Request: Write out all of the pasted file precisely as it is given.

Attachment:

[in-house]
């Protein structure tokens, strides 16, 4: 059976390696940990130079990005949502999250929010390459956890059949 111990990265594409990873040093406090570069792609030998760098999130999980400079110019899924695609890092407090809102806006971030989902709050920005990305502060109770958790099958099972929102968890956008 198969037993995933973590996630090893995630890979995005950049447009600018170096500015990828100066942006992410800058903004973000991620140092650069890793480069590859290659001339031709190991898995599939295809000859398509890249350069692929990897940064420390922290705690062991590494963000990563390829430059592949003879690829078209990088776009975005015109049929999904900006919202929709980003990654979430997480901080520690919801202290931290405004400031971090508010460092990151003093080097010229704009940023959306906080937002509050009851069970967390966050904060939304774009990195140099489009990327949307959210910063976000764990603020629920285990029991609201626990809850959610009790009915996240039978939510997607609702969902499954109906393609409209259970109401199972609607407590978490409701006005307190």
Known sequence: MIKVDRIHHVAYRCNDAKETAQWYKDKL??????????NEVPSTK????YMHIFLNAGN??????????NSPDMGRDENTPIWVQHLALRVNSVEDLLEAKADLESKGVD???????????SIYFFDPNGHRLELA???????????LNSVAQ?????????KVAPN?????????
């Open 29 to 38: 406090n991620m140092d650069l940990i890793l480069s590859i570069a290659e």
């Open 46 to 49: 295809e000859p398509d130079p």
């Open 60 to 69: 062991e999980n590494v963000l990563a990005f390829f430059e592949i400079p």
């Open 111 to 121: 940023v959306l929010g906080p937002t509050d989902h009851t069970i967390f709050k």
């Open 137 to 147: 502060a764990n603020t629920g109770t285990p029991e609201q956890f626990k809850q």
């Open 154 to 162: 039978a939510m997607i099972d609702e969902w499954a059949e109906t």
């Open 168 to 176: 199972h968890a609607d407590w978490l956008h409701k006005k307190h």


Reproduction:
[in-house]
């Protein structure tokens, strides 16, 4: 059976390696940990130079990005949502999250929010390459956890059949 111990990265594409990873040093406090570069792609030998760098999130999980400079110019899924695609890092407090809102806006971030989902709050920005990305502060109770958790099958099972929102968890956008 198969037993995933973590996630090893995630890979995005950049447009600018170096500015990828100066942006992410800058903004973000991620140092650069890793480069590859290659001339031709190991898995599939295809000859398509890249350069692929990897940064420390922290705690062991590494963000990563390829430059592949003879690829078209990088776009975005015109049929999904900006919202929709980003990654979430997480901080520690919801202290931290405004400031971090508010460092990151003093080097010229704009940023959306906080937002509050009851069970967390966050904060939304774009990195140099489009990327949307959210910063976000764990603020629920285990029991609201626990809850959610009790009915996240039978939510997607609702969902499954109906393609409209259970109401199972609607407590978490409701006005307190």
Known sequence: MIKVDRIHHVAYRCNDAKETAQWYKDKL??????????NEVPSTK????YMHIFLNAGN??????????NSPDMGRDENTPIWVQHLALRVNSVEDLLEAKADLESKGVD???????????SIYFFDPNGHRLELA???????????LNSVAQ?????????KVAPN?????????
């Open 29 to 38: 406090n991620m140092d650069l940990i890793l480069s590859i570069a290659e």
């Open 46 to 49: 295809e000859p398509d130079p």
């Open 60 to 69: 062991e999980n590494v963000l990563a990005f390829f430059e592949i400079p």
């Open 111 to 121: 940023v959306l929010g906080p937002t509050d989902h009851t069970i967390f709050k």
């Open 137 to 147: 502060a764990n603020t629920g109770t285990p029991e609201q956890f626990k809850q």
């Open 154 to 162: 039978a939510m997607i099972d609702e969902w499954a059949e109906t």
């Open 168 to 176: 199972h968890a609607d407590w978490l956008h409701k006005k307190h």